|HOME | NEWS | COLUMNISTS | SAISURESH SIVASWAMY|
|July 17, 2001||
Few steps backward
Indo-Pak talks have always been occasions when hype scores over substance, and the latest round in Agra has merely lived up to precedent.
Much as the human heart may have yearned for a 'breakthrough' in the bedeviled relations between the two co-sanguinous nations, a practical assessment of the situation would have neon-lighted the fact that there can be no 'solution' so long as the two choose the option of negotiations.
By its very definition, the talk process indicates and involves a degree of willingness to accommodate the other point of view. And by their very nature, neither nation is willing, or even capable, of resiling from its stated position on Kashmir.
Regardless of Pakistan's insistence that it be nominated so, and India's prudery when it comes to even mentioning the dreaded K-word, it is obvious to the world that Kashmir is not only the core issue that is fogging things up, but the one issue that needs to be tackled if progress is to be made on any other front.
India's stance at the recently concluded of non-talks is mystifying as it is bizarre. Having been frogmarched by the United States to the negotiating table, India had little reason to cringe from discussing Kashmir. After all, when you are keen on discussing cross-border terrorism, there is no point eschewing the context within which such a hostile act is committed -- which is Kashmir.
Thus, we have the strange sight of a man who, just weeks ago, was seen as an international pariah, walking away smelling of roses, while India has squandered the enormous advantage that Jaswant Singh's diplomacy had earned for it.
Of course it was wrong to have allowed the US to lead us to the negotiating table, but having agreed to the talks, India ought to have pulled out all the stops to ensure that the outcome -- while not matching the media hype -- at least meets it half way. Now it is back to the drawing board all over again for both sides, but with a difference: in this game of high-stakes diplomacy, Islamabad has once again put it across to New Delhi, quite effortlessly.
Which really takes one back to the question: given our innate inferiority when it comes to dealing with our western neighbour, is it any wonder that its people wanted to break away from us 54 years ago? I mean, who would relish the thought of being ruled by an establishment of cretins?
Where India has failed, and where Pakistan has scored over it, is in how they both perceive the process of talks. For New Delhi, talks are an end in itself. If it talks about Kashmir, then the state is as good as gone. But for Islamabad, the talks are only a means to an end, which is to gain legitimacy for its stand. Knowing India's weakness, it can raise the ante every time the two gird up for talks, secure in the knowledge that India is no match for its thrust and parry. Conventional warfare may give India a huge edge, but when was the last time any international dispute was sorted out satisfactorily through the barrel of the gun?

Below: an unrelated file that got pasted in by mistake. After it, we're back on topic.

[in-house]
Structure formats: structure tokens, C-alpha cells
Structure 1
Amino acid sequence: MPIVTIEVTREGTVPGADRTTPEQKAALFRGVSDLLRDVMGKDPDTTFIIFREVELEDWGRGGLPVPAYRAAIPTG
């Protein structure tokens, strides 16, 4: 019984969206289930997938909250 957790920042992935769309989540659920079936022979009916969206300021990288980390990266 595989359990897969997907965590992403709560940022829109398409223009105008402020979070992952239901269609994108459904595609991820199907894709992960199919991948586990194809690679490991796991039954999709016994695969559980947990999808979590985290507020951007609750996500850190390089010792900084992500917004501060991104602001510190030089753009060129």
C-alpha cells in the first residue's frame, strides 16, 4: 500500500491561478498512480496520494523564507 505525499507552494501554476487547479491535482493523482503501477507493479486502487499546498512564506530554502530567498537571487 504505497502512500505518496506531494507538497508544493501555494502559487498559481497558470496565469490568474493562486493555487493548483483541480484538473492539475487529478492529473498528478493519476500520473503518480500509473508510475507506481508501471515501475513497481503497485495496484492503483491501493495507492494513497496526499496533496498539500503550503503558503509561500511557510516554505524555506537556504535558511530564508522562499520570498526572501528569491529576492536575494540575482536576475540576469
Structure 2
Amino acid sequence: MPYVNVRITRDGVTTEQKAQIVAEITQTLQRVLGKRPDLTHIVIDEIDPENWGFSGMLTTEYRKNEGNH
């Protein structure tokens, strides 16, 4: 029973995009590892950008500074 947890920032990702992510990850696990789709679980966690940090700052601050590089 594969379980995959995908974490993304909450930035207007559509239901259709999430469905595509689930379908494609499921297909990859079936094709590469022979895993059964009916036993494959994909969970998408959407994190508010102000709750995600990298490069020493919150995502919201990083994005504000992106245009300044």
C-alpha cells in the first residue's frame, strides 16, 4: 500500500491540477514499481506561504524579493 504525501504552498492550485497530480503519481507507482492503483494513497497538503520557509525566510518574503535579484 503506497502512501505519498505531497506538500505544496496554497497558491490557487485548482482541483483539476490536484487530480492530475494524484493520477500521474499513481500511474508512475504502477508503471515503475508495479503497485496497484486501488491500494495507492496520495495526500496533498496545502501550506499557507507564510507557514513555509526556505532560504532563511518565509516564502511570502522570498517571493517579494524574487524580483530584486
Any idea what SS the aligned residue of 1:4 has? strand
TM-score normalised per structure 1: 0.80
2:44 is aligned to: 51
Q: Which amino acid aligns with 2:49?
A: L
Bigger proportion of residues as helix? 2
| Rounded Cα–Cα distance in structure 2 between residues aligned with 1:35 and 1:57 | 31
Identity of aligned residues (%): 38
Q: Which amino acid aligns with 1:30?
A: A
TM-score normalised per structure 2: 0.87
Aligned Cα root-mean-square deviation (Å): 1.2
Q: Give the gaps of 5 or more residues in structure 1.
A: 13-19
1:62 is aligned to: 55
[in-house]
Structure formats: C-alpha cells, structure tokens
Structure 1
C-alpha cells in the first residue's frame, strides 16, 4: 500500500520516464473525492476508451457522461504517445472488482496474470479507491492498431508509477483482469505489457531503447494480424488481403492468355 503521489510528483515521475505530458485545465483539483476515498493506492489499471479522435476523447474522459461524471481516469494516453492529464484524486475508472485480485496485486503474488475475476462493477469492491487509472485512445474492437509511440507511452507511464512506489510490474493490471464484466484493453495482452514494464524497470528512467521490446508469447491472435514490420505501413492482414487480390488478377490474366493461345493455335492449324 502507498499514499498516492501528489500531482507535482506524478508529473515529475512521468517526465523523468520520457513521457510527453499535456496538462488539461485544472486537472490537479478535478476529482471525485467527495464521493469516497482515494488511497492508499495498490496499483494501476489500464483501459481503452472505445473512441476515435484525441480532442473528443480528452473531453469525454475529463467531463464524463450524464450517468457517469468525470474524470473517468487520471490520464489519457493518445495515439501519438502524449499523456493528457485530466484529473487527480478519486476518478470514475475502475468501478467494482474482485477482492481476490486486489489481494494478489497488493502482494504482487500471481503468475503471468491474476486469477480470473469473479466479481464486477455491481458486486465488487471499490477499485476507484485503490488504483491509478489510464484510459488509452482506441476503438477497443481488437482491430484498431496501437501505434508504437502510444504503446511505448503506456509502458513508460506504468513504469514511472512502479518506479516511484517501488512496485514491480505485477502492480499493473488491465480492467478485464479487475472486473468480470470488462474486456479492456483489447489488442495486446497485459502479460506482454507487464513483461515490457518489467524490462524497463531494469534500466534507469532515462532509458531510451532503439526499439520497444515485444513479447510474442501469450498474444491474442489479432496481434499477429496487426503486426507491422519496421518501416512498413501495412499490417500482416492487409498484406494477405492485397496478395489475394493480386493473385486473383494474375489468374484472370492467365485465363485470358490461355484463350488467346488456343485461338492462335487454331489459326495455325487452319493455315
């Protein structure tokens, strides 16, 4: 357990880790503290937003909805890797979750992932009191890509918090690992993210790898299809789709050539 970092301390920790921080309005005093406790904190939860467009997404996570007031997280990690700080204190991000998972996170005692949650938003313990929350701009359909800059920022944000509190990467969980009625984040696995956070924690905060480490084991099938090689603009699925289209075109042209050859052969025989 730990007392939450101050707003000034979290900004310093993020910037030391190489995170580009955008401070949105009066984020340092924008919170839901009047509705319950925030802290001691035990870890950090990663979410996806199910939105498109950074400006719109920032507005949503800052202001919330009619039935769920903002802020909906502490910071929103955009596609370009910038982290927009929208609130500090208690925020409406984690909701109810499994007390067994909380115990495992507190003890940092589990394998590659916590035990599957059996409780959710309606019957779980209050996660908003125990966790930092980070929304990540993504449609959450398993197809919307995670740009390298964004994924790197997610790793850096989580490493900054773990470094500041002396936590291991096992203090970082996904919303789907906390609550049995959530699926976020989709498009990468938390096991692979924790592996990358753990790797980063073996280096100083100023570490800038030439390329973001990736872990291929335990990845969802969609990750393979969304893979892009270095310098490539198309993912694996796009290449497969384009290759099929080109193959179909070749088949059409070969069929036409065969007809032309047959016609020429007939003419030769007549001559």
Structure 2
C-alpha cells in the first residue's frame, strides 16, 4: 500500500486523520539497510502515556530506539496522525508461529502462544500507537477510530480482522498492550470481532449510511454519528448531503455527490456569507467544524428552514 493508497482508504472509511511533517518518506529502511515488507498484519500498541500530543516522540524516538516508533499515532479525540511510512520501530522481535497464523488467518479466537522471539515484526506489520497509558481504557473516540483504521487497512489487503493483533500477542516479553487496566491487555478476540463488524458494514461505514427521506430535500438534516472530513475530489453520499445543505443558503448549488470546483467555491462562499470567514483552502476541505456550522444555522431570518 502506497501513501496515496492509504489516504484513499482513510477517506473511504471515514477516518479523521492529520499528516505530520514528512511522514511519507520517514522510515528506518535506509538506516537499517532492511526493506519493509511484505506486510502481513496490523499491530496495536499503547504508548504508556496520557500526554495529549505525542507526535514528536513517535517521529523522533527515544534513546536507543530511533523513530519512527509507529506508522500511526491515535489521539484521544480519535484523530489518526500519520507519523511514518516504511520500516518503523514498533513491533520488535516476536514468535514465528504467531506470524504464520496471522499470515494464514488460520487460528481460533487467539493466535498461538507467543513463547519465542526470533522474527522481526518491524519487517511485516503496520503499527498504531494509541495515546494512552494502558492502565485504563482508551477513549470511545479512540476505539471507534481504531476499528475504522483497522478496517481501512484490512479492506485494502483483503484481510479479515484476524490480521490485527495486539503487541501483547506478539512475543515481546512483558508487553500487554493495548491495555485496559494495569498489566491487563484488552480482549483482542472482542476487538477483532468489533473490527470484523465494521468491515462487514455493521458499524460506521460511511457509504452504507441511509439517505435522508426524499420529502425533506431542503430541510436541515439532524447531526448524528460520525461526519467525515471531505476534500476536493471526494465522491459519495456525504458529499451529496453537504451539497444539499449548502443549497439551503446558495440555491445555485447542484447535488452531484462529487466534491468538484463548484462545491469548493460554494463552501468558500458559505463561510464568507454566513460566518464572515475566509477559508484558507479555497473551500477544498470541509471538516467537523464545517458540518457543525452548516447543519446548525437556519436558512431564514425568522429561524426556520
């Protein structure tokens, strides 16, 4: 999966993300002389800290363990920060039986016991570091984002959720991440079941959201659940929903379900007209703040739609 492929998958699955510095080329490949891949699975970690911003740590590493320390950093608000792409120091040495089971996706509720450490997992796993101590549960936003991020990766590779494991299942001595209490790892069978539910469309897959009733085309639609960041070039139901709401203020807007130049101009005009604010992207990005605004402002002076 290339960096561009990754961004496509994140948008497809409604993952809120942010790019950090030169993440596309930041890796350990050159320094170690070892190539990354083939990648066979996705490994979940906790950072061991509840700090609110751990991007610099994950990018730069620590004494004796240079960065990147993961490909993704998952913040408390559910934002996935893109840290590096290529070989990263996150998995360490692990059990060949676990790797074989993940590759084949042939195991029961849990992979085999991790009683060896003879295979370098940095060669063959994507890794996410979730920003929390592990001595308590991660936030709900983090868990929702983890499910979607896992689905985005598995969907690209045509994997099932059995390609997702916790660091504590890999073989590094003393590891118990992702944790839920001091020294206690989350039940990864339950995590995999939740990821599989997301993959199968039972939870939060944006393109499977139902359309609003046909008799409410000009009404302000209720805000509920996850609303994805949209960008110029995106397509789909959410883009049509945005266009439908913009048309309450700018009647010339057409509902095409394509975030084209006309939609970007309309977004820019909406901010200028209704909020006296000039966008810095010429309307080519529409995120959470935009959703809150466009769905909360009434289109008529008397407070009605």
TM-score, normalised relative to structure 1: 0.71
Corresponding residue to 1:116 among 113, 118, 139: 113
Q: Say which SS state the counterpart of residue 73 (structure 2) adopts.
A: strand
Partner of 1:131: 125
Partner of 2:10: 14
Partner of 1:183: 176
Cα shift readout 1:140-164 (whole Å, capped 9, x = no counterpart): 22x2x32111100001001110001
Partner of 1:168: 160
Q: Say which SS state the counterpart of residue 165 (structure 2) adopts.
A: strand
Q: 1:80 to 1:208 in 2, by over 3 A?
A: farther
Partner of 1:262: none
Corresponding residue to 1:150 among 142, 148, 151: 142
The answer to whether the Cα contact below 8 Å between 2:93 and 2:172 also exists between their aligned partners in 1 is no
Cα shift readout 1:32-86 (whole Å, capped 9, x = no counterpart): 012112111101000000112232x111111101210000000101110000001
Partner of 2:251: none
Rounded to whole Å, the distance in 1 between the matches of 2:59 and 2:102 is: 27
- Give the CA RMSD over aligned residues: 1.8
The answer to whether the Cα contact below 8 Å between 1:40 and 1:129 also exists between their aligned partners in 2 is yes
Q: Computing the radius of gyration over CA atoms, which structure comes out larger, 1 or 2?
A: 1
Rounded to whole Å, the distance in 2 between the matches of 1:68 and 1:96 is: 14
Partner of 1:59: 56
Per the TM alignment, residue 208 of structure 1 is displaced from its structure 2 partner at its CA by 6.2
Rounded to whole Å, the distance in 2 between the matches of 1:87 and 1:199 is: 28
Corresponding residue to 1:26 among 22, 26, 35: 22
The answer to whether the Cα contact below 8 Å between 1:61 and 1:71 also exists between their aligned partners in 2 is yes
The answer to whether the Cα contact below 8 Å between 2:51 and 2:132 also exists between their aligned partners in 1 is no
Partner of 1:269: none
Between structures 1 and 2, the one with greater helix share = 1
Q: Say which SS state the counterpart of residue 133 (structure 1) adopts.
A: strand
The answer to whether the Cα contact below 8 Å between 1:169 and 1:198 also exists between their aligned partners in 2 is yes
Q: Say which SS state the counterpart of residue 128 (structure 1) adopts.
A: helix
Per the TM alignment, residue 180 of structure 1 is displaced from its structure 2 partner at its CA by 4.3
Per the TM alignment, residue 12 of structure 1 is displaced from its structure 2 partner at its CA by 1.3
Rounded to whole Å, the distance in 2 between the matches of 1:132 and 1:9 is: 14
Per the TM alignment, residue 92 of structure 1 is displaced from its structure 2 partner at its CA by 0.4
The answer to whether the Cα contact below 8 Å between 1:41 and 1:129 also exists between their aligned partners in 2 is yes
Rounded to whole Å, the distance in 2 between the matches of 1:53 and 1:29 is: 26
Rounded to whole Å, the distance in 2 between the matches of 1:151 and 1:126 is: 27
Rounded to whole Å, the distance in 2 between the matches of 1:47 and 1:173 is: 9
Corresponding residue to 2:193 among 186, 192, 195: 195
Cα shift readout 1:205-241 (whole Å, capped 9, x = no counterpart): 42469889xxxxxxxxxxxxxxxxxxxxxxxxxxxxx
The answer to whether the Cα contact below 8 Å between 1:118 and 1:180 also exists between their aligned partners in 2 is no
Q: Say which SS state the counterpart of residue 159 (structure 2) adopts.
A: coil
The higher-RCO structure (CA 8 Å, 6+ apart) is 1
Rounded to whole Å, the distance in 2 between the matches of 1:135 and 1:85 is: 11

Given this chasm in their perceptions, is it any wonder that India has come off looking like a petulant child who is afraid that the neighbour will snatch its toy, while Pakistan seems to be the one bereft of its belonging, never mind the toy it is bawling over never belonged to it, and insha'allah will never belong to it!
But despite such a setback, if all is not lost for India, then obviously its case has some merit, even though it is being swaddled in the wreaths of sheer inefficiency. The thing to do, it seems to me -- and I say this with due apologies to the scholarly Arvind Lavakare -- is to play Pakistan on its turf.
Right now, the situation that is facing us is where there is no forward progress on any front, thanks to India's reluctance, I would even say obduracy, to not bring Kashmir under the ambit of any discussion with Pakistan. All along we kept turning down the offer of tripartite talks, before agreeing to talk to Pakistan -- before refusing to even mention Kashmir.
It doesn't matter what diplomatese says, there is only one issue between the two countries, and that needs to be discussed. If India's stand is going to be that even a discussion is not to be held, then let us all prepare ourselves for the long haul, for a crippling low-resolution war on the western front and the accompanying communal sabotage across the country. We have lived with it, and we can surely endure this war of attrition.
A wiser course would be to discuss the Kashmir issue with Pakistan, and in the meantime ensure a forward movement on other fronts, like the economy for one. Who knows -- and this is a fervent wish -- then perhaps a time will come when the two sides will have moved on so far that Kashmir, far from being a major hurdle to peace, will become a mere pebble.
There is no way of knowing unless we try it out. What we do know is that the last 50 or so years of behaving like an outraged virgin in a raucous prom every time Kashmir is mentioned, has not helped us one bit. To me it seems it is time to change our tactic.
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